Early Morris residents Mr. and Mrs. W.P. Fowler probably owned the first automobile here, an Olds of reported 1901 vintage. At that same general time, a Haynes model of 1902 was sported around, coughing and wheezing no doubt, by Dr. and Mrs. J.W. Harris. We learn that the Haynes vehicle was the "Old Betsy" to everyone in Morris, "the pride of her owners but considered a public nuisance by many," we read in the Diamond Jubilee publication.
"Old Betsy" spelled nuisance to the townspeople "especially if they happened to be driving a team of horses when it came along."
Dr. Harris reported that he stopped as many as ten times on a seven-mile trip to lead horses by his gas buggy. Surely there were no seat belt citations issued then!
That old Eul's building on Atlantic
Eul's Hardware is the oldest building on Atlantic Avenue. The newspaper at the time of its construction, 1883, called it "a monument of architectural beauty and mechanical skill."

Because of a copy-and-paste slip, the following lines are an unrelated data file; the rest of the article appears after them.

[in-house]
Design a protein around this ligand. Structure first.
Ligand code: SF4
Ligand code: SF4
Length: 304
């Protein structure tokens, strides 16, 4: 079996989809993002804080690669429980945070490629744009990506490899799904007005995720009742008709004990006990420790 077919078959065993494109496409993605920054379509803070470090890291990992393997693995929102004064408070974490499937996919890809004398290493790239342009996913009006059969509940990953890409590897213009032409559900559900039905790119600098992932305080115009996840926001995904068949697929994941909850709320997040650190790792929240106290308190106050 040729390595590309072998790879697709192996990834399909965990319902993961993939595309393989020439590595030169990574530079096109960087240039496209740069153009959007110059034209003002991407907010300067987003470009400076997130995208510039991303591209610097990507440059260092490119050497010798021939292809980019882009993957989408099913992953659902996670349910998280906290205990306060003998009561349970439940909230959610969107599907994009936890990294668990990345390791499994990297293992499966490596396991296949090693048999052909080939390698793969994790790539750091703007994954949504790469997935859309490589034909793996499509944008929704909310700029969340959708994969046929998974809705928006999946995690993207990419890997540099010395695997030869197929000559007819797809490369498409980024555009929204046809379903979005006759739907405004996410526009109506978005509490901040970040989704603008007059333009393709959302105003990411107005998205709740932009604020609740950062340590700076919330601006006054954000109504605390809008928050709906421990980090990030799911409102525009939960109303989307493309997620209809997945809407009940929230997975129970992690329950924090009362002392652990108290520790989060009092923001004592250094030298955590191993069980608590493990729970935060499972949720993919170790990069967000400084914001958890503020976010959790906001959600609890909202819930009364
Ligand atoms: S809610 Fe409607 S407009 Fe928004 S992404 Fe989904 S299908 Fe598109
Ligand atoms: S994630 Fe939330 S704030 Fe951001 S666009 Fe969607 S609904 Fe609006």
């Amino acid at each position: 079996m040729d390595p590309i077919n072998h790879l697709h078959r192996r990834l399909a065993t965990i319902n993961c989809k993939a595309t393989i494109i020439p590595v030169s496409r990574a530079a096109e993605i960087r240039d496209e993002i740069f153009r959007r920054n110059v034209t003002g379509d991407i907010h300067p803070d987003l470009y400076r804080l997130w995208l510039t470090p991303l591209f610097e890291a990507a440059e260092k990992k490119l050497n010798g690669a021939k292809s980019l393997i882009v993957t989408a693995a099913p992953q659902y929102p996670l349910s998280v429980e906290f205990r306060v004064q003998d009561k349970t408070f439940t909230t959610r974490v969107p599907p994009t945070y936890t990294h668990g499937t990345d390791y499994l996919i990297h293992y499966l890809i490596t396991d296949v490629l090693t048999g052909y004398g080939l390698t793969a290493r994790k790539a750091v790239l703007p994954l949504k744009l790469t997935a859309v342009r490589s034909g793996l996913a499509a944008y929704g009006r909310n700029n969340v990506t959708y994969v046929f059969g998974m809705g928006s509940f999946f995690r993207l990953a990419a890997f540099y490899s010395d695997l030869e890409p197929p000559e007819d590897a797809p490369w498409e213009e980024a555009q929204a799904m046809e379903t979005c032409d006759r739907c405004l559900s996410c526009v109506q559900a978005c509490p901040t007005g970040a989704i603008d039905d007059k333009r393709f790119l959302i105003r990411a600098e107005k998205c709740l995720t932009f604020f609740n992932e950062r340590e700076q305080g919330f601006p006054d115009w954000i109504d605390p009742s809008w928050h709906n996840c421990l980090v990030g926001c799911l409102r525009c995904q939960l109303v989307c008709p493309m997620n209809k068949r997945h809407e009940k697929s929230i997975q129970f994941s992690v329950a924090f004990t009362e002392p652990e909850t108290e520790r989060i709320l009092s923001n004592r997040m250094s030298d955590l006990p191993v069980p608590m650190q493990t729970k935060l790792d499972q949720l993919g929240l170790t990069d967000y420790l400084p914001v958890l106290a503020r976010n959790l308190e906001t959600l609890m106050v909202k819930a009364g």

Today the Eul family sees hardware customers there, their experience in the profession rich. We all miss "Rit" (Richard) Eul who once plied his considerable skills there. He was also fire department chief. (He wasn't particularly enamored with the local police!)
The building was erected for First National Bank, a new institution then. The bank included the former Bank of Morris. The corner entrance had five large Kusota stone steps leading up to it. The 50 foot long carved cherry counter was from a Stillwater firm.
Linoleum was new then! The floor inside the counter and railing was covered with this product. The linoleum was manufactured from ground cork and linseed oil. The ceiling and sides of the walls were "frescoed."
Alas, the First National Bank failed in 1896. May of that year saw Citizens Bank pick up the torch with the building, led by Alexandria interests. Citizens Bank stayed there until 1936. Citizens then moved to the location familiar to the boomer generation, where Morris and Associates (accounting) now holds forth.
We all remember Ed LaFave Jr. of Citizens. Ed was among the activists ensuring that the WCSA campus would find new life. New life indeed! It's the University of Minnesota-Morris. The LaFave House is named in honor of his family.
Euls move into building in 1940